© 2021 Iowa Public Radio
IPR20012_Website_Header_Option2_NewsNavy.png
Play Live Radio
Next Up:
0:00
0:00
Available On Air Stations
Political News

Recounts Filed In Iowa House Districts 55 And 82

voting_via_maryland_govpics_via_flickr_cc.jpg
Maryland GovPics via flickr creative commons
/
https://www.flickr.com/photos/mdgovpics/15650599296/
Candidates in Iowa's closest statehouse races have requested recounts. Specially appointed boards have until December 3rd to review the ballots.

Democratic candidates are requesting recounts in two of Iowa’s closest legislative races. Review boards will take a second look at the races, in which candidates are separated by a handful of votes.

In House District 55, Democratic challenger Kayla Koether is down by seven votes against Republican incumbent Michael Bergan. Democratic incumbent Phil Miller is 34 votes behind Republican challenger Jeff Shipley in House District 82.

After Koether and Miller requested recounts in their respective races, it will now be up to specially appointed three member recount boards to review the ballots.

Koether has requested recounts in Winneshiek and Clayton Counties in the race for the district which covers Decorah, Elkader and West Union.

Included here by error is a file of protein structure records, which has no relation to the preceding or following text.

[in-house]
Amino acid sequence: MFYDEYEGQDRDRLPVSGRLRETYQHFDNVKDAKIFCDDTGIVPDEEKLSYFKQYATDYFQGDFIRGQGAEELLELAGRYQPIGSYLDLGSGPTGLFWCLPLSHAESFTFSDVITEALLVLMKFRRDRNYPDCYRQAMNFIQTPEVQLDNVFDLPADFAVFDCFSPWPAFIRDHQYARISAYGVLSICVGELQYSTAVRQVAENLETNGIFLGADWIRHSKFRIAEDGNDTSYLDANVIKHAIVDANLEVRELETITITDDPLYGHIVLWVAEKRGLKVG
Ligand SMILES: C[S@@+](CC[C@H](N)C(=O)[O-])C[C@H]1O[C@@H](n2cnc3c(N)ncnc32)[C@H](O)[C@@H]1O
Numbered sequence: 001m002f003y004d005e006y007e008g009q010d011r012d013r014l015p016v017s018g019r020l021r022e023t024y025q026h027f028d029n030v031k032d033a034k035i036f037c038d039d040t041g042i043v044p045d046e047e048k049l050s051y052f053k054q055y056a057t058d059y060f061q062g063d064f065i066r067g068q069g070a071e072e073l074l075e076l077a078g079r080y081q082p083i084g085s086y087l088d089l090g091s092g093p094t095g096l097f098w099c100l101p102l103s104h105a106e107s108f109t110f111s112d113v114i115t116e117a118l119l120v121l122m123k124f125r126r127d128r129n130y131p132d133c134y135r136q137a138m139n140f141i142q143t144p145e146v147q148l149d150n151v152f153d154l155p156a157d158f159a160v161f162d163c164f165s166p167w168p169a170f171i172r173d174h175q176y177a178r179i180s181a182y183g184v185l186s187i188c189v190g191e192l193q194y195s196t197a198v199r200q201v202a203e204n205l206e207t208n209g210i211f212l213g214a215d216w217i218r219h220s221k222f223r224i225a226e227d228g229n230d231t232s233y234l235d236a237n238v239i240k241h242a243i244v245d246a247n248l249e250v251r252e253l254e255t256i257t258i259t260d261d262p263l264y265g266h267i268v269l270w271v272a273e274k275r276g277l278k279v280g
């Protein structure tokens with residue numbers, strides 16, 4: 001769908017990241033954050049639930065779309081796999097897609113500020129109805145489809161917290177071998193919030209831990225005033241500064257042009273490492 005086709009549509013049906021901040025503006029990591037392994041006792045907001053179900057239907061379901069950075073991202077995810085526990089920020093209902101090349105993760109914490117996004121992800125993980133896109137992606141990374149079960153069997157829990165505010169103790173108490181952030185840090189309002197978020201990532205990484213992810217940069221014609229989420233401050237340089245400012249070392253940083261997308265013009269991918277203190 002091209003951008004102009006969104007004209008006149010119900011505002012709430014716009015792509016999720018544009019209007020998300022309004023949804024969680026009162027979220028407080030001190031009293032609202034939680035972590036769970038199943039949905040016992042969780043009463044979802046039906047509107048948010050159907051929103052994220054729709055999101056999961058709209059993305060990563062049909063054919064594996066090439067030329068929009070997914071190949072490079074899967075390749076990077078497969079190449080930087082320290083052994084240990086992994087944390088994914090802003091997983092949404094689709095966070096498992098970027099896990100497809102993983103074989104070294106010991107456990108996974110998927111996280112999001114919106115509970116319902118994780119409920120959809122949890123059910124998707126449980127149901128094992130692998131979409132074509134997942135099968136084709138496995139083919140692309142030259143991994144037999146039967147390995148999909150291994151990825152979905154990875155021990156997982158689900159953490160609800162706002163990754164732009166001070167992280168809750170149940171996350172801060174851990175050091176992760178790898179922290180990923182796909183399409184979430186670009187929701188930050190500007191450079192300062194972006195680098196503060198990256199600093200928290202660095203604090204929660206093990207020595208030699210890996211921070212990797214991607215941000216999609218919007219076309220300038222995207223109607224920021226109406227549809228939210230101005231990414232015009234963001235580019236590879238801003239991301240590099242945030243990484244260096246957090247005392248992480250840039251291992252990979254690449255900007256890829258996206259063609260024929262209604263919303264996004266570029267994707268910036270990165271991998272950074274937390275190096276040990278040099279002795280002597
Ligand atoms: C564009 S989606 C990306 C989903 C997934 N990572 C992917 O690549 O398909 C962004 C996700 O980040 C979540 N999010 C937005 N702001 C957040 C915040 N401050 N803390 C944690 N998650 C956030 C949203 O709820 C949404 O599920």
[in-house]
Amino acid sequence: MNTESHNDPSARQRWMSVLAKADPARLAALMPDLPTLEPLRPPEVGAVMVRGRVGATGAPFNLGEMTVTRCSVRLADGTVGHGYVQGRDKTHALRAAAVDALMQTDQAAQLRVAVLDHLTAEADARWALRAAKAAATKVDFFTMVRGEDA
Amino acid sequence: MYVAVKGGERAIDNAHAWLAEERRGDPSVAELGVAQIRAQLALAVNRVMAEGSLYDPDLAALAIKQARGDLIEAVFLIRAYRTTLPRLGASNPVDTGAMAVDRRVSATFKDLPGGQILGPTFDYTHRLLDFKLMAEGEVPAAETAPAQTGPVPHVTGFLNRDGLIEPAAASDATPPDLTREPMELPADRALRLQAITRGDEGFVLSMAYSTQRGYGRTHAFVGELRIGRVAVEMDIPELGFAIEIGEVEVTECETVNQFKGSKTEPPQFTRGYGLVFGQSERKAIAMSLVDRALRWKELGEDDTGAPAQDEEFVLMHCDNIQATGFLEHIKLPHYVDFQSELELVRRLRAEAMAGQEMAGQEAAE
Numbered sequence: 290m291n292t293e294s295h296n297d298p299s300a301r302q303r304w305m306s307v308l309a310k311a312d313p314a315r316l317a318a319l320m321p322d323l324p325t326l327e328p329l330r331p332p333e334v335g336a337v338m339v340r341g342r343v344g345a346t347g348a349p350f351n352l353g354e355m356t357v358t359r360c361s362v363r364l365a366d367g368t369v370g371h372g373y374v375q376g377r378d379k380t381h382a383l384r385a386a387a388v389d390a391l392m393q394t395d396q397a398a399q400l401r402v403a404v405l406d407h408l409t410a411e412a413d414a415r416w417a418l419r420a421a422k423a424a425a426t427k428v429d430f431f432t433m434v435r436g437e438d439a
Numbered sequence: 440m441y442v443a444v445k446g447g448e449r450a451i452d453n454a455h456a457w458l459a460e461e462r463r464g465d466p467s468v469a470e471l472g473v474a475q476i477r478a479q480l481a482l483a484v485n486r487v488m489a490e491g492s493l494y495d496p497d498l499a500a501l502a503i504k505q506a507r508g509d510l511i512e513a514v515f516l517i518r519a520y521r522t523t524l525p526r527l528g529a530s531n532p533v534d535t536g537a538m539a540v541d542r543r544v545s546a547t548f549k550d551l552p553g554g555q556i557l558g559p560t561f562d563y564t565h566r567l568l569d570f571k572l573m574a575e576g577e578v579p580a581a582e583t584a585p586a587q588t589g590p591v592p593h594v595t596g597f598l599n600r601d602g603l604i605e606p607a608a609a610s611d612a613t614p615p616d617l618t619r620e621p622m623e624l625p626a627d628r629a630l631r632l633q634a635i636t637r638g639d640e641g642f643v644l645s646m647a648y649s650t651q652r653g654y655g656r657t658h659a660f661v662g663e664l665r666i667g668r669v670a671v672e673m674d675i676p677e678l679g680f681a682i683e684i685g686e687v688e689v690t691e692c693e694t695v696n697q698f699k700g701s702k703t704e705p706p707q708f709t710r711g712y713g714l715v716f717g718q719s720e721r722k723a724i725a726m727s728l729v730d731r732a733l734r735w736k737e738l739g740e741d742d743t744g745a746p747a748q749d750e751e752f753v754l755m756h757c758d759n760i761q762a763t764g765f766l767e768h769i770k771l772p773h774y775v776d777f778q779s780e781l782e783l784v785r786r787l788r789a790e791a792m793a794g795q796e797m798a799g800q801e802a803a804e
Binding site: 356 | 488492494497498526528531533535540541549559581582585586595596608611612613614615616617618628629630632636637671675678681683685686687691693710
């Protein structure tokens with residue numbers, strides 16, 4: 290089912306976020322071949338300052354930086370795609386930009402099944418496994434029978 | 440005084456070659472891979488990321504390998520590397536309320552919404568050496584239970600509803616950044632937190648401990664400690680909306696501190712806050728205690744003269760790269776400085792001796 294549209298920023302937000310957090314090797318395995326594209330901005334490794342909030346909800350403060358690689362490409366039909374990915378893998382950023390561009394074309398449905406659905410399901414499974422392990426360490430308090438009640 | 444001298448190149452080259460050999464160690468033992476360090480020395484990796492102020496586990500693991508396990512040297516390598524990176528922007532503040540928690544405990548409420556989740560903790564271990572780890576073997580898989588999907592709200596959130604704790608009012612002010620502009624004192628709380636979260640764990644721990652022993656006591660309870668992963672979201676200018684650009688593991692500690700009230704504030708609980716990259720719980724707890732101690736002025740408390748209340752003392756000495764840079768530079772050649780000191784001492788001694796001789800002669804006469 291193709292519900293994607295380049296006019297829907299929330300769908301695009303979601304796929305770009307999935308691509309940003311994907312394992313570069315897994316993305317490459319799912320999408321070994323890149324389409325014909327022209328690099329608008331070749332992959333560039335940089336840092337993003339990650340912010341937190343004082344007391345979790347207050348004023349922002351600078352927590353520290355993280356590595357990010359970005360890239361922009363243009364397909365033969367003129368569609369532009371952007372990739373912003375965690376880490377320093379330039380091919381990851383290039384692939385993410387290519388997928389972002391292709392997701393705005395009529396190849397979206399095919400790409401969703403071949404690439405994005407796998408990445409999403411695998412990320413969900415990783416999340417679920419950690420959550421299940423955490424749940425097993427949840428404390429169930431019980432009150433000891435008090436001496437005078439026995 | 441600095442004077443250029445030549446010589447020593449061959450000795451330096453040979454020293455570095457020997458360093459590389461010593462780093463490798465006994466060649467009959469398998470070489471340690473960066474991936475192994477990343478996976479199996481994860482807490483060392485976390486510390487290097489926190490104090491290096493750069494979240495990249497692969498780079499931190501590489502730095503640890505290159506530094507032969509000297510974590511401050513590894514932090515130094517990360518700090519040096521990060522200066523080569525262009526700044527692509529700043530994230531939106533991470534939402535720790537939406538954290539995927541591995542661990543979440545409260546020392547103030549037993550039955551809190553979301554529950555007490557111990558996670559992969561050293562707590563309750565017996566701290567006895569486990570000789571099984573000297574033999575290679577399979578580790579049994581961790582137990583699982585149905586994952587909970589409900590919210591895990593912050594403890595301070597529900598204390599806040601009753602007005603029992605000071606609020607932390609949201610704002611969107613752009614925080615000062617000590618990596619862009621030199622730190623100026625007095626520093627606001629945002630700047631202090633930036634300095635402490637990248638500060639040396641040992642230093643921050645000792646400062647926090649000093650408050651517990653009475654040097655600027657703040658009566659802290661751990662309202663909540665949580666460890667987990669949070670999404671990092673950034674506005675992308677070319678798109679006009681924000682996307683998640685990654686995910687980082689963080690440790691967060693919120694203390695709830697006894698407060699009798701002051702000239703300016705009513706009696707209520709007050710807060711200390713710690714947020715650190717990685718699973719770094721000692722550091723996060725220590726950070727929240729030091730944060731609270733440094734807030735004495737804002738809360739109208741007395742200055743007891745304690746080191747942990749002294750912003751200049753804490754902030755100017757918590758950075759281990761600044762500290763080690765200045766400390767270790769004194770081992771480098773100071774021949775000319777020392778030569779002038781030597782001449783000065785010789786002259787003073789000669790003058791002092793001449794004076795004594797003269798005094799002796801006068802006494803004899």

Miller has requested a recount in Jefferson County. His district also covers Davis and Van Buren Counties. 

Under Iowa Code, each candidate is able to appoint a member to a three member recount board, which oversees a single county. The two members jointly agree on the appointment of a third member. The board can than decide whether to conduct a manual or machine recount of ballots. Winneshiek County Auditor Ben Steines says the boards are able to review ballots for marks that voting machines may not pick up on. 

“If the person, like circles the names, instead of filling in the box. Or puts an ‘x’ behind the name instead of filling in the box in front of the name, the vote counting machine doesn’t see that,” Steines said. 

Steines says the boards have more leeway to interpret voter intent, and could decide to accept those kinds of votes. 

“If the person doesn’t make their mark in the right box, then the vote counting machine doesn’t…can’t make a judgement call. So that’s what we leave up to this recount board,” Steines said. 

The recount boards will only be reviewing ballots that were tallied and included in the initial count, not ballots that were rejected from the count. That's especially relevant in the House District 55 race, where Winneshiek County tossed out 32 late-arriving mail-in ballots, because they didn't have a postmark needed to verify when they were mailed, as required by state law. Elections workers in Fayette County improperly counted 12 such ballots, despite a lack of postmark. Both instances are outside the scope of the recount.

The recounts are slated to start after the Thanksgiving holiday, with final results due ahead of the official state canvass on December 3rd.